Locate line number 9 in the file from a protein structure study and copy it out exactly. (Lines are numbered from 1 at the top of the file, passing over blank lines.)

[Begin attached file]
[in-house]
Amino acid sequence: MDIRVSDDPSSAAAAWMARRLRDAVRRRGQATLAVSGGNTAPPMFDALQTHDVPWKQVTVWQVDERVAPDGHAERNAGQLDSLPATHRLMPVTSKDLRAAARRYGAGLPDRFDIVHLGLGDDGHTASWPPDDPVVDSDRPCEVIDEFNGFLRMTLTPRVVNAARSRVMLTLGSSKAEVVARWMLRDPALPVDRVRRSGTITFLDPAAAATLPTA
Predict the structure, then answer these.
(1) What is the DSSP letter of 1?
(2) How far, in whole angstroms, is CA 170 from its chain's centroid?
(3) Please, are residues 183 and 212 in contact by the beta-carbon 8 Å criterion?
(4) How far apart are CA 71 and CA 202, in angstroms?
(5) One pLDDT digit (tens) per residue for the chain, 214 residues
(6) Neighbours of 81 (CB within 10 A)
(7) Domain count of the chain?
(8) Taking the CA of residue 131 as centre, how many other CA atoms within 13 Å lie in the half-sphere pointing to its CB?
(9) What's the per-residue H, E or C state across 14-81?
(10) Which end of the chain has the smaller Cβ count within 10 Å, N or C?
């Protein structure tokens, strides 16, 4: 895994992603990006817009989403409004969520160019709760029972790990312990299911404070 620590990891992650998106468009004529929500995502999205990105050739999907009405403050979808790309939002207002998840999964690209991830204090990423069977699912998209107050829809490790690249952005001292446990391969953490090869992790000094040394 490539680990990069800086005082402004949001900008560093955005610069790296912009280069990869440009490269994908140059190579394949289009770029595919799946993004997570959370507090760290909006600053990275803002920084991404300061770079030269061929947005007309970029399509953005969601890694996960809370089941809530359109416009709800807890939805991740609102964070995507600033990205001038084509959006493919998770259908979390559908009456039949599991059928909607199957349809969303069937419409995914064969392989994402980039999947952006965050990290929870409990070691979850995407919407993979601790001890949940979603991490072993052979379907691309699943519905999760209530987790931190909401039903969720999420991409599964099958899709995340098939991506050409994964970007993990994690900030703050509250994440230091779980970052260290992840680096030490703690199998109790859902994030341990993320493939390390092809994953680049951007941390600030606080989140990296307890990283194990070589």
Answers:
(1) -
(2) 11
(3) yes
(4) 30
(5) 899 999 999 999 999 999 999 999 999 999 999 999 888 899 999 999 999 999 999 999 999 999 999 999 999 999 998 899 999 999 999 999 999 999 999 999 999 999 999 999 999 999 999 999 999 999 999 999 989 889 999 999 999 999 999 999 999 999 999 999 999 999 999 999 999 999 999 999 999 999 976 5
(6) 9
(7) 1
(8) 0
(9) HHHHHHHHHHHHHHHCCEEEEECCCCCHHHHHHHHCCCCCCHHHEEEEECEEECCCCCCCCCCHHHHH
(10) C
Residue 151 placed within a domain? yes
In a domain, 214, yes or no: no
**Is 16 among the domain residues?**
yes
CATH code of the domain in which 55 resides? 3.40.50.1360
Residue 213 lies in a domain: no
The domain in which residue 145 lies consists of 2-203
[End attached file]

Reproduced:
(6) Neighbours of 81 (CB within 10 A)